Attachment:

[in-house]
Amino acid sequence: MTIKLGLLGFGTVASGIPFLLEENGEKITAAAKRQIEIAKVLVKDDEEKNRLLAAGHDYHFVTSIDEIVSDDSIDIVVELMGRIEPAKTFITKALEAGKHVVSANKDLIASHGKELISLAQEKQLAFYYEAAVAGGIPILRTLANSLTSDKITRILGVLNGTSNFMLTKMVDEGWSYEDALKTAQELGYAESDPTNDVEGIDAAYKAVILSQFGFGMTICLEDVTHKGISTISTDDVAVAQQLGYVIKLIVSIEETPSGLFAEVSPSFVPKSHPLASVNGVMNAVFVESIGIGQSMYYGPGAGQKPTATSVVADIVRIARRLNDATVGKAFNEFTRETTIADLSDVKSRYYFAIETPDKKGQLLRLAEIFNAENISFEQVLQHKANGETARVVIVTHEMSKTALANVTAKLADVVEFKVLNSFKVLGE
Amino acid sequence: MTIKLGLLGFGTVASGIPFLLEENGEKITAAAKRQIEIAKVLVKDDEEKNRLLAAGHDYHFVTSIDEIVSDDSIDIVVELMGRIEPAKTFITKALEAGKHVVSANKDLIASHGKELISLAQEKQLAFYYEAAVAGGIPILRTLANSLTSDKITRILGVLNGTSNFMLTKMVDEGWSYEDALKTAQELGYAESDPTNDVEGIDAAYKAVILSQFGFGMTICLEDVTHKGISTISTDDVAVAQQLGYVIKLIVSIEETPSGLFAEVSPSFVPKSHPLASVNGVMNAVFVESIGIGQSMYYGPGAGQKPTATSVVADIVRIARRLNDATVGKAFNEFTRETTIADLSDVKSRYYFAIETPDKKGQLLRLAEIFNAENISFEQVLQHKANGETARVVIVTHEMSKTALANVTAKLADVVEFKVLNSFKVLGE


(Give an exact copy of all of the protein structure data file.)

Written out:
[in-house]
Amino acid sequence: MTIKLGLLGFGTVASGIPFLLEENGEKITAAAKRQIEIAKVLVKDDEEKNRLLAAGHDYHFVTSIDEIVSDDSIDIVVELMGRIEPAKTFITKALEAGKHVVSANKDLIASHGKELISLAQEKQLAFYYEAAVAGGIPILRTLANSLTSDKITRILGVLNGTSNFMLTKMVDEGWSYEDALKTAQELGYAESDPTNDVEGIDAAYKAVILSQFGFGMTICLEDVTHKGISTISTDDVAVAQQLGYVIKLIVSIEETPSGLFAEVSPSFVPKSHPLASVNGVMNAVFVESIGIGQSMYYGPGAGQKPTATSVVADIVRIARRLNDATVGKAFNEFTRETTIADLSDVKSRYYFAIETPDKKGQLLRLAEIFNAENISFEQVLQHKANGETARVVIVTHEMSKTALANVTAKLADVVEFKVLNSFKVLGE
Amino acid sequence: MTIKLGLLGFGTVASGIPFLLEENGEKITAAAKRQIEIAKVLVKDDEEKNRLLAAGHDYHFVTSIDEIVSDDSIDIVVELMGRIEPAKTFITKALEAGKHVVSANKDLIASHGKELISLAQEKQLAFYYEAAVAGGIPILRTLANSLTSDKITRILGVLNGTSNFMLTKMVDEGWSYEDALKTAQELGYAESDPTNDVEGIDAAYKAVILSQFGFGMTICLEDVTHKGISTISTDDVAVAQQLGYVIKLIVSIEETPSGLFAEVSPSFVPKSHPLASVNGVMNAVFVESIGIGQSMYYGPGAGQKPTATSVVADIVRIARRLNDATVGKAFNEFTRETTIADLSDVKSRYYFAIETPDKKGQLLRLAEIFNAENISFEQVLQHKANGETARVVIVTHEMSKTALANVTAKLADVVEFKVLNSFKVLGE